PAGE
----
6 limitations of traditional server backup


Today small, medium and large organizations  face an explosive growth of data that must be protected and backed up. This challenge is made more difficult by the movement from on-prem servers to IaaS and cloud environments, and by the need to manage multiple backup servers centrally and efficiently with constrained IT resources. Valuable data resides on servers inside and outside the data center, so it must be backed up from multiple sources. The limitations of traditional stand-alone server backup architecture add to the complexity of day-to-day management.

As a result of these limitations, IT or backup administrators are faced with:

  • Time-consuming administration of multiple stand-alone backup servers.
  • Consistent backup failures.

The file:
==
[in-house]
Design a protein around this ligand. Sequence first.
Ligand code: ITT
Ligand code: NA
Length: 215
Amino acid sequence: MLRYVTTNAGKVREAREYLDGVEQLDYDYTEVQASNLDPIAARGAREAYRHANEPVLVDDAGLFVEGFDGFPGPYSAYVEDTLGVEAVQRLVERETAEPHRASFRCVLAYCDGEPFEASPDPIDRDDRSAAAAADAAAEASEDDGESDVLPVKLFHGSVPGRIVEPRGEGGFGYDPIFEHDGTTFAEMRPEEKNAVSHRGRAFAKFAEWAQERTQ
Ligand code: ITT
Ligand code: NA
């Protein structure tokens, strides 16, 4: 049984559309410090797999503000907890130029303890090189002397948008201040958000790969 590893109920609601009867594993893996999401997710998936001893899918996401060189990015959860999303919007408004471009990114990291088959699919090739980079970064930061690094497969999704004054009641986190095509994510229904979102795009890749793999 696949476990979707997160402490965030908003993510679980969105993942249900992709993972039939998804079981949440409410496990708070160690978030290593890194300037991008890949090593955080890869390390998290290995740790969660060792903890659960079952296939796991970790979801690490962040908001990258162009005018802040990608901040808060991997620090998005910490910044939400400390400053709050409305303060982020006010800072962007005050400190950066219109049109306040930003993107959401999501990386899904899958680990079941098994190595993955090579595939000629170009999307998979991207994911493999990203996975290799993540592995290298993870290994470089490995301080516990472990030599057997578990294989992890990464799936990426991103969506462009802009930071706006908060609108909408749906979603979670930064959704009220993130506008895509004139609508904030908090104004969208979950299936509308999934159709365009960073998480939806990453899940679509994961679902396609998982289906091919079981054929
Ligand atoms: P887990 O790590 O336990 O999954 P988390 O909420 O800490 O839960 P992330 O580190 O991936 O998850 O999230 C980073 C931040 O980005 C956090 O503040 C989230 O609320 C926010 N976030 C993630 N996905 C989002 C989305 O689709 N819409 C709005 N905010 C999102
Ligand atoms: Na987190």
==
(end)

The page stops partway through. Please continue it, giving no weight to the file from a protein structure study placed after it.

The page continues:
• Inability to proactively monitor all active jobs on multiple backup servers.
  • Inefficient usage of storage resources.
  • Lack of central reporting of the entire environment.
  • Insufficient system information and lack of timely alerts.

Remote offices and distributed networks offer a different set of challenges to those companies unable or unwilling to consolidate their data protection and storage management in a central location.

The development and setup of backup jobs is extremely time-consuming when many backup servers are deployed. This effort is magnified when backup servers are remotely distributed. Proactive monitoring of server activities and the ability to report on backup, restore and storage management activities are key to effectively manage a highly distributed network.







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